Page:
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Sword falls on pirate PCs

IP News from duytho.comMinistries and municipal and provincial People’s Committees in Vietnam are set to develop a 2008 budget to pay for PC software to intensify efforts to comply with WTO intellectual property commitments.

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A draft of a governmental directive compiled by the Ministry of Culture and Information calls on the Ministry of Planning and Investment and Ministry of Finance to develop a budget for software in each state agency at the central and local level following a roadmap.

According to the directive, heads of each agency will be responsible for dealing with pirated software on existing PCs by the end of 2008 by setting a plan for payment within the year. The directive has been lodged for motions from other ministries and is expected to be passed by the government later this year.

Vu Manh Chu, director of the Ministry of Culture and Information’s Copyright Department, said the directive would satisfy concerns relating to Intellectual Property rights after Vietnam enters the WTO, an issue that initially complicated the country’s bid.

“State agencies and non-government organisations are among serious pirates and have a number of PCs illegally using software,” said Chu.

Dang Duc Mai, general director of the Ministry of Finance’s Department of Financial Informatics and Statistics, said that the ministry is still in negotiations with Microsoft to buy perpetual licensing rights for Microsoft Office 2003 for 15,000 users for three years. The ministry would be the first state agency committed to buying perpetual licensing rights in Vietnam with the largest number of licensing rights for users.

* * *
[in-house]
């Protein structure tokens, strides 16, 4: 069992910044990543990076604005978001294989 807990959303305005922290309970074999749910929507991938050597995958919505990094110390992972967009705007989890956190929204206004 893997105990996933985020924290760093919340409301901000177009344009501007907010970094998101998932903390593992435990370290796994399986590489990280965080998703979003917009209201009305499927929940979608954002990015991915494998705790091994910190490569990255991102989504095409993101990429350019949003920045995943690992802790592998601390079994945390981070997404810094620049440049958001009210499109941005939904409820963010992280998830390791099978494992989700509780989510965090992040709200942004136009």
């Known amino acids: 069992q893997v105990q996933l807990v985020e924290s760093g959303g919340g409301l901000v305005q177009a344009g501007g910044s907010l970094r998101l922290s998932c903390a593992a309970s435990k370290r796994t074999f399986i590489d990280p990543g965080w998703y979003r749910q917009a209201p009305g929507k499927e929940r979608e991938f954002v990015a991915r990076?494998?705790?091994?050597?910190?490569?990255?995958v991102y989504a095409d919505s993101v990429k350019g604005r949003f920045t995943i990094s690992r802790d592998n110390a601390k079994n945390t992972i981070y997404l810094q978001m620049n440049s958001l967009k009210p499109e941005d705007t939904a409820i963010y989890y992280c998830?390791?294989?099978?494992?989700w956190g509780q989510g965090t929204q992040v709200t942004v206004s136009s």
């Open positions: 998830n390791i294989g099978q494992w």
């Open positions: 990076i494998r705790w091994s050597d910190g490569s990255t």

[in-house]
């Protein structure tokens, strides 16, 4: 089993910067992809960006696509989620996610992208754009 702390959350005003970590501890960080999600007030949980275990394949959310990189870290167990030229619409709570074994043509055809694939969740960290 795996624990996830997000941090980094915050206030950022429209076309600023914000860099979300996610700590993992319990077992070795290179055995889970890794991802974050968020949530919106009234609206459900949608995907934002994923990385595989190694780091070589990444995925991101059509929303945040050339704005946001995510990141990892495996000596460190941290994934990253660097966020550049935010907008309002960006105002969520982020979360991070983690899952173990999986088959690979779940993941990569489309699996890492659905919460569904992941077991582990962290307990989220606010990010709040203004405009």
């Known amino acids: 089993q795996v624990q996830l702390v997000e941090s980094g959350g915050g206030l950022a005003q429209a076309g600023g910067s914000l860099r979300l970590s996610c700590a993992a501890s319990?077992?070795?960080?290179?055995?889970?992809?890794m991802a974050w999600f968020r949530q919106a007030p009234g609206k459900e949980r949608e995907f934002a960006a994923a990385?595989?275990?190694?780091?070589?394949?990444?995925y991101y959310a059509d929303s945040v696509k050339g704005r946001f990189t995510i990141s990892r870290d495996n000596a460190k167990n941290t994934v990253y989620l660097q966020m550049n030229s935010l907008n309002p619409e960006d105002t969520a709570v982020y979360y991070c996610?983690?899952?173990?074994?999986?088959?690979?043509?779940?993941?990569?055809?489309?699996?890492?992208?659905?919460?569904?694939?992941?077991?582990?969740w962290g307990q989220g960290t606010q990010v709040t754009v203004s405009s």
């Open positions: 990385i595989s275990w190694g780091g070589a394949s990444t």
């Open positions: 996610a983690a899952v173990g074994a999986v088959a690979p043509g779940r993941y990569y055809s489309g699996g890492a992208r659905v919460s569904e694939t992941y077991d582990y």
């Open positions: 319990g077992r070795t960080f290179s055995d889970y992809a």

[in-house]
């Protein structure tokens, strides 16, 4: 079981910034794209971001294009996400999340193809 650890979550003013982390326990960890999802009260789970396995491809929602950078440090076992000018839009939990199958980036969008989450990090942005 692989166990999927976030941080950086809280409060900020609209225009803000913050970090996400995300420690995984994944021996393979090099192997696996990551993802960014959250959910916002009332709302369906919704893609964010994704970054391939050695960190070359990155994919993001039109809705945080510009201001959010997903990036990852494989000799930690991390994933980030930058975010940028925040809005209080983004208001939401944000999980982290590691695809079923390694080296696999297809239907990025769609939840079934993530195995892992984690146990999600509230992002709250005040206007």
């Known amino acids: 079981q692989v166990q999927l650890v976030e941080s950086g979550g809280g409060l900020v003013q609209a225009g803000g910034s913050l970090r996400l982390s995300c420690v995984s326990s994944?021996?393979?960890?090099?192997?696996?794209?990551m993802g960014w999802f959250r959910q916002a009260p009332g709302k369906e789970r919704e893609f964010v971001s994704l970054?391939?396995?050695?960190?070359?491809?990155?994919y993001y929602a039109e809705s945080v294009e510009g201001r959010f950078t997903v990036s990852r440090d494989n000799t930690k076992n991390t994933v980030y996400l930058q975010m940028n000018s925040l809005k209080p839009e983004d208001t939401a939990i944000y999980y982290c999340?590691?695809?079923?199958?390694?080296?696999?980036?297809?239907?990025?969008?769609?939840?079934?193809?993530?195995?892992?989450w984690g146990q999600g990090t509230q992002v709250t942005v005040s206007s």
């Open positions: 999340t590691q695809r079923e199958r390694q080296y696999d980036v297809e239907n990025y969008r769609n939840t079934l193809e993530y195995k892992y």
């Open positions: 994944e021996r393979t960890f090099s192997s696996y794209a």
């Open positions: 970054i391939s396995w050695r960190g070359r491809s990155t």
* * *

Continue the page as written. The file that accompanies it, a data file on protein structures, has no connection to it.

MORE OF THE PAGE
“The ministry has its own budget for buying software copyright, including for Microsoft Office 2003 and Oracle. However, the budget value has yet to be calculated finally,” said Mai.

The Ministry of Post and Telematics is also concluding negotiations with Microsoft for software use among state agencies.

The Business Software Alliance has reported that Vietnam has the highest rate of software piracy in the world, at 90 per cent in 2005, down from a high of 92 per cent in 2004. A study by the IDC (International Data Company) estimates that Vietnam would create 4,000 jobs, contribute $1 billion to its GDP and generate $726 million in revenues through local vendors and $43 million in taxes if the piracy rate were to drop just 10 per cent over the next four years. By 2009, the software industry is expected to grow 169 per cent over 2004.

Tarun Sawney, Business Software Alliance’s anti-piracy-Asia director, said the software industry in Vietnam was not growing due to risk and a low rate of investment returns.

“For instance, no bank will give loans to such software companies based on their business plan,” said Sawney.

The ministries of Science and Technology, Culture and Information, Justice, Public Security, and the People’s Supreme Court will issue inter-minister circulars to clarify the Criminal Law on intellectual property right crimes. The Ministry of Culture and Information will also institute administrative fines for organisations that break the law. The fine for copying software will be triple the old level, or nearly VND100 million ($6,250). Other violations will be fined one to five times the value of pirated material.

(Source: VIR)

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